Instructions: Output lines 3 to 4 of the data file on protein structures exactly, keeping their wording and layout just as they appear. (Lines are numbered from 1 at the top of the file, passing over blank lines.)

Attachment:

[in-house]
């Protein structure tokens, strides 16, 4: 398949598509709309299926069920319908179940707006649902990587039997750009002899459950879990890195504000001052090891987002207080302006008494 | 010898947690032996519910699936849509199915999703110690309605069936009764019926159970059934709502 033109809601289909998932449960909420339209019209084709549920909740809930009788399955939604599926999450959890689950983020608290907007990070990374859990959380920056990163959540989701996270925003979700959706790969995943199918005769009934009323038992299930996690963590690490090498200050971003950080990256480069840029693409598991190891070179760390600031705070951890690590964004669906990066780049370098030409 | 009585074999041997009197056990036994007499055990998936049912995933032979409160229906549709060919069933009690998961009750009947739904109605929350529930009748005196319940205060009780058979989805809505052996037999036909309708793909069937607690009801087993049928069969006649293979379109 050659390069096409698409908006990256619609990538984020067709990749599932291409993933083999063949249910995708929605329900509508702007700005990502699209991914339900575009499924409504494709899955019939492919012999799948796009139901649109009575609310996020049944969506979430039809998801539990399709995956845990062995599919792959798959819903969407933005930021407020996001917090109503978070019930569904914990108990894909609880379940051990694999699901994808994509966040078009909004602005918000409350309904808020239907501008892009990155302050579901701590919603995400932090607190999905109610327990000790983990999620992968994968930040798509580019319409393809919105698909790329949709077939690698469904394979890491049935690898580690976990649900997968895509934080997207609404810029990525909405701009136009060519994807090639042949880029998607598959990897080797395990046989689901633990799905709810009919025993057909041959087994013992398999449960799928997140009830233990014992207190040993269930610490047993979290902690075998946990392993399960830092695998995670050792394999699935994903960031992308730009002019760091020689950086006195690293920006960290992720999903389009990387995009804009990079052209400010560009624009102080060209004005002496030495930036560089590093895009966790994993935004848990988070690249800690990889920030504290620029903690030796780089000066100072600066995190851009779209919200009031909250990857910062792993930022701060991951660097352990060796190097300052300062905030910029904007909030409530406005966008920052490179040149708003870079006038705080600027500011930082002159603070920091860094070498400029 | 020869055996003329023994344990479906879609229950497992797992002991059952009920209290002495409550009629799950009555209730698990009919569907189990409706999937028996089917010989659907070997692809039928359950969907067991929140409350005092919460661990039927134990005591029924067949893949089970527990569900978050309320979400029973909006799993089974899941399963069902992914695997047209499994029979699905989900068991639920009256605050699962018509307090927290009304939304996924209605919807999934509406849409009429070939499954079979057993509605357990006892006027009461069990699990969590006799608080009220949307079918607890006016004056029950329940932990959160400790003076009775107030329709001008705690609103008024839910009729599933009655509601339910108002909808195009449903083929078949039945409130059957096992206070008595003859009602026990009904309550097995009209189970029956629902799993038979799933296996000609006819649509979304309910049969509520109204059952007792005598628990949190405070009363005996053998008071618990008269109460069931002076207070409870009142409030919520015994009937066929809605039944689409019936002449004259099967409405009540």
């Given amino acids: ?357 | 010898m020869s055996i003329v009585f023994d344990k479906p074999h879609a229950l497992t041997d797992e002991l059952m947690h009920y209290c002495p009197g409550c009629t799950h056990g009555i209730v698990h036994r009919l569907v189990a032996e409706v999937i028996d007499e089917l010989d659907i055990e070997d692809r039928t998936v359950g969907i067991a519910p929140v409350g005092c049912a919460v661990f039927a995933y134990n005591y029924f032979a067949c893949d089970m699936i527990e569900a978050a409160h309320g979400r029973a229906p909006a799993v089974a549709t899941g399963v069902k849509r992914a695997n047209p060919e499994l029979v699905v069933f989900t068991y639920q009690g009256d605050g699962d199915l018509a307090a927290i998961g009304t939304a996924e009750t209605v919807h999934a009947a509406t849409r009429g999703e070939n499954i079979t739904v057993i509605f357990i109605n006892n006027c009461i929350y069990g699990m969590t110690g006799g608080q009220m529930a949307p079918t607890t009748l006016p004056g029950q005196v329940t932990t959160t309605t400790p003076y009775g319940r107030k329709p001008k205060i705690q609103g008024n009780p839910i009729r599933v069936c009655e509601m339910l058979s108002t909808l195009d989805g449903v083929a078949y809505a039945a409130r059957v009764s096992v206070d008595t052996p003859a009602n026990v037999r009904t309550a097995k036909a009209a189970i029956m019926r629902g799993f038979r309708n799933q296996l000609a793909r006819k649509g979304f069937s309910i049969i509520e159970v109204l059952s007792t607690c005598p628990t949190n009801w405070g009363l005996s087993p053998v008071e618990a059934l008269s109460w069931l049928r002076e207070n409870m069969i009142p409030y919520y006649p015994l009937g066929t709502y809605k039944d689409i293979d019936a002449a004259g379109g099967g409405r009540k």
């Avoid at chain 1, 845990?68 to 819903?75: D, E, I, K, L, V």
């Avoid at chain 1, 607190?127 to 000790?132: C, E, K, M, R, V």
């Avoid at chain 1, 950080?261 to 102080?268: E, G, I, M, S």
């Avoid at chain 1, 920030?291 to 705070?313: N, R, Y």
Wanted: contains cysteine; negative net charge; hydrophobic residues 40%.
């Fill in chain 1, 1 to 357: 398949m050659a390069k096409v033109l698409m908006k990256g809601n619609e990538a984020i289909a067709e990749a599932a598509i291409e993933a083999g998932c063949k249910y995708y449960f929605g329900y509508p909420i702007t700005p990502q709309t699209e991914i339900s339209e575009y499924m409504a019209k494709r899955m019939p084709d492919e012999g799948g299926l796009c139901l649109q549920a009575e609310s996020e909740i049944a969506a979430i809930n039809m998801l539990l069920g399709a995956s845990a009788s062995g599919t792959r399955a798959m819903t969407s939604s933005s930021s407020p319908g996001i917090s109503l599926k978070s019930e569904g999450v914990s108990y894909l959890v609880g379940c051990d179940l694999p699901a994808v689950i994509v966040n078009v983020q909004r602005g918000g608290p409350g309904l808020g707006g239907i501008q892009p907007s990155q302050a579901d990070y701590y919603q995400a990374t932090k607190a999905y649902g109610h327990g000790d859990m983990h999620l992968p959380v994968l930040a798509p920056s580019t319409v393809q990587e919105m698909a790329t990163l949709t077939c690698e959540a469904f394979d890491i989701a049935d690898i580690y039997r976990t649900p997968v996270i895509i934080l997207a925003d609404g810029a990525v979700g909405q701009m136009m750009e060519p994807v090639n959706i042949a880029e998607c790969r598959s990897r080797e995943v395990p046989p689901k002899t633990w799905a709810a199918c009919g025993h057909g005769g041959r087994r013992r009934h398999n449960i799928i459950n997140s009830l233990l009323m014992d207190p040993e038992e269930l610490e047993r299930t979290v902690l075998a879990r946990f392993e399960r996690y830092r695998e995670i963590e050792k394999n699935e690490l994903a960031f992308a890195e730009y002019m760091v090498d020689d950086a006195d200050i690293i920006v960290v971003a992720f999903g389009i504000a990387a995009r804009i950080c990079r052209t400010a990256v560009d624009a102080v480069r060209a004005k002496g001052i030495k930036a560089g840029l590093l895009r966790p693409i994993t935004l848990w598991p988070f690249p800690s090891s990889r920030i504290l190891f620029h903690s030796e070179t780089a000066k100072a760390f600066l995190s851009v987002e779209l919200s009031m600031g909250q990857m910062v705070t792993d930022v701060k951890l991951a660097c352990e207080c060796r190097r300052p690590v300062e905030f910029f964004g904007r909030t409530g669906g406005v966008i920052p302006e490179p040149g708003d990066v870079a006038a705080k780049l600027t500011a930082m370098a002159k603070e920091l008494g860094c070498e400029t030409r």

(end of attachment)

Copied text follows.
């Given amino acids: ?357 | 010898m020869s055996i003329v009585f023994d344990k479906p074999h879609a229950l497992t041997d797992e002991l059952m947690h009920y209290c002495p009197g409550c009629t799950h056990g009555i209730v698990h036994r009919l569907v189990a032996e409706v999937i028996d007499e089917l010989d659907i055990e070997d692809r039928t998936v359950g969907i067991a519910p929140v409350g005092c049912a919460v661990f039927a995933y134990n005591y029924f032979a067949c893949d089970m699936i527990e569900a978050a409160h309320g979400r029973a229906p909006a799993v089974a549709t899941g399963v069902k849509r992914a695997n047209p060919e499994l029979v699905v069933f989900t068991y639920q009690g009256d605050g699962d199915l018509a307090a927290i998961g009304t939304a996924e009750t209605v919807h999934a009947a509406t849409r009429g999703e070939n499954i079979t739904v057993i509605f357990i109605n006892n006027c009461i929350y069990g699990m969590t110690g006799g608080q009220m529930a949307p079918t607890t009748l006016p004056g029950q005196v329940t932990t959160t309605t400790p003076y009775g319940r107030k329709p001008k205060i705690q609103g008024n009780p839910i009729r599933v069936c009655e509601m339910l058979s108002t909808l195009d989805g449903v083929a078949y809505a039945a409130r059957v009764s096992v206070d008595t052996p003859a009602n026990v037999r009904t309550a097995k036909a009209a189970i029956m019926r629902g799993f038979r309708n799933q296996l000609a793909r006819k649509g979304f069937s309910i049969i509520e159970v109204l059952s007792t607690c005598p628990t949190n009801w405070g009363l005996s087993p053998v008071e618990a059934l008269s109460w069931l049928r002076e207070n409870m069969i009142p409030y919520y006649p015994l009937g066929t709502y809605k039944d689409i293979d019936a002449a004259g379109g099967g409405r009540k």
């Avoid at chain 1, 845990?68 to 819903?75: D, E, I, K, L, V």